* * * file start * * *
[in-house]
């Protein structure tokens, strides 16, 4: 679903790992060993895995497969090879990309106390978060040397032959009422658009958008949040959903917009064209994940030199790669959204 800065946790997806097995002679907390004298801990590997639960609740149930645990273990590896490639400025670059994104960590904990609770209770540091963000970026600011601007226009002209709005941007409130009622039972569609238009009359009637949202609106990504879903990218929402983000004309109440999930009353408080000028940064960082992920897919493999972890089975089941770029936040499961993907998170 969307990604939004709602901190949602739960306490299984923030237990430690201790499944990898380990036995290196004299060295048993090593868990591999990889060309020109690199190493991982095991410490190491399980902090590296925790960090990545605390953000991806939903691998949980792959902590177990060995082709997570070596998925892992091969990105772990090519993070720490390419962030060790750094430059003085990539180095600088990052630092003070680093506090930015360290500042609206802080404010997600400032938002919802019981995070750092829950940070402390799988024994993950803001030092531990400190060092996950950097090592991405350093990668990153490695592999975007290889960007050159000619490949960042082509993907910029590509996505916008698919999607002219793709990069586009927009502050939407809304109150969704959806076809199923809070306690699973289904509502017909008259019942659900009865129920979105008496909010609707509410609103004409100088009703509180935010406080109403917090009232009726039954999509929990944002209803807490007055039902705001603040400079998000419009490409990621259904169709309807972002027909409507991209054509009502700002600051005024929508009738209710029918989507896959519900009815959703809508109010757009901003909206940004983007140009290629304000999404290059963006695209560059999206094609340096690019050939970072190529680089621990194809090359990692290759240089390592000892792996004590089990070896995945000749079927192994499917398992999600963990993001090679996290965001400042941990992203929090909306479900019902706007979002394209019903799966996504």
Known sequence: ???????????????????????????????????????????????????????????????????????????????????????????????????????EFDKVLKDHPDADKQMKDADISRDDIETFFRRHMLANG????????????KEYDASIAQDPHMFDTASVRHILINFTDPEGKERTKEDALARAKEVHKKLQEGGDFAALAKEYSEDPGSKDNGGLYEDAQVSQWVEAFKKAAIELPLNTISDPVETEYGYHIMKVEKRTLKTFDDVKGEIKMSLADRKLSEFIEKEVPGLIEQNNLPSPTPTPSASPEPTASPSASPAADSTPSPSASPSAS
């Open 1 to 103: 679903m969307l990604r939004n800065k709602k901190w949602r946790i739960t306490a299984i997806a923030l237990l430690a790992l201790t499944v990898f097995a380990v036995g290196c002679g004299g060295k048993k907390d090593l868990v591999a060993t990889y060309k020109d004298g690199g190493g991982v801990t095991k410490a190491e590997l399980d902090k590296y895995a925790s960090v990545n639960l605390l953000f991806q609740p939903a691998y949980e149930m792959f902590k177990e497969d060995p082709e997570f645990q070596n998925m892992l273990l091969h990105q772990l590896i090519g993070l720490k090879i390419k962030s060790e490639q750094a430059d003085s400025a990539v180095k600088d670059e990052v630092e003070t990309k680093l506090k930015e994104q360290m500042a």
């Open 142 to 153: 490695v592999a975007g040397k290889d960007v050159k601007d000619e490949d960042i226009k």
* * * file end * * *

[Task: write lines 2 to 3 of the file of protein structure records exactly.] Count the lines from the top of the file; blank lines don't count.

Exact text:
């Protein structure tokens, strides 16, 4: 679903790992060993895995497969090879990309106390978060040397032959009422658009958008949040959903917009064209994940030199790669959204 800065946790997806097995002679907390004298801990590997639960609740149930645990273990590896490639400025670059994104960590904990609770209770540091963000970026600011601007226009002209709005941007409130009622039972569609238009009359009637949202609106990504879903990218929402983000004309109440999930009353408080000028940064960082992920897919493999972890089975089941770029936040499961993907998170 969307990604939004709602901190949602739960306490299984923030237990430690201790499944990898380990036995290196004299060295048993090593868990591999990889060309020109690199190493991982095991410490190491399980902090590296925790960090990545605390953000991806939903691998949980792959902590177990060995082709997570070596998925892992091969990105772990090519993070720490390419962030060790750094430059003085990539180095600088990052630092003070680093506090930015360290500042609206802080404010997600400032938002919802019981995070750092829950940070402390799988024994993950803001030092531990400190060092996950950097090592991405350093990668990153490695592999975007290889960007050159000619490949960042082509993907910029590509996505916008698919999607002219793709990069586009927009502050939407809304109150969704959806076809199923809070306690699973289904509502017909008259019942659900009865129920979105008496909010609707509410609103004409100088009703509180935010406080109403917090009232009726039954999509929990944002209803807490007055039902705001603040400079998000419009490409990621259904169709309807972002027909409507991209054509009502700002600051005024929508009738209710029918989507896959519900009815959703809508109010757009901003909206940004983007140009290629304000999404290059963006695209560059999206094609340096690019050939970072190529680089621990194809090359990692290759240089390592000892792996004590089990070896995945000749079927192994499917398992999600963990993001090679996290965001400042941990992203929090909306479900019902706007979002394209019903799966996504």
Known sequence: ???????????????????????????????????????????????????????????????????????????????????????????????????????EFDKVLKDHPDADKQMKDADISRDDIETFFRRHMLANG????????????KEYDASIAQDPHMFDTASVRHILINFTDPEGKERTKEDALARAKEVHKKLQEGGDFAALAKEYSEDPGSKDNGGLYEDAQVSQWVEAFKKAAIELPLNTISDPVETEYGYHIMKVEKRTLKTFDDVKGEIKMSLADRKLSEFIEKEVPGLIEQNNLPSPTPTPSASPEPTASPSASPAADSTPSPSASPSAS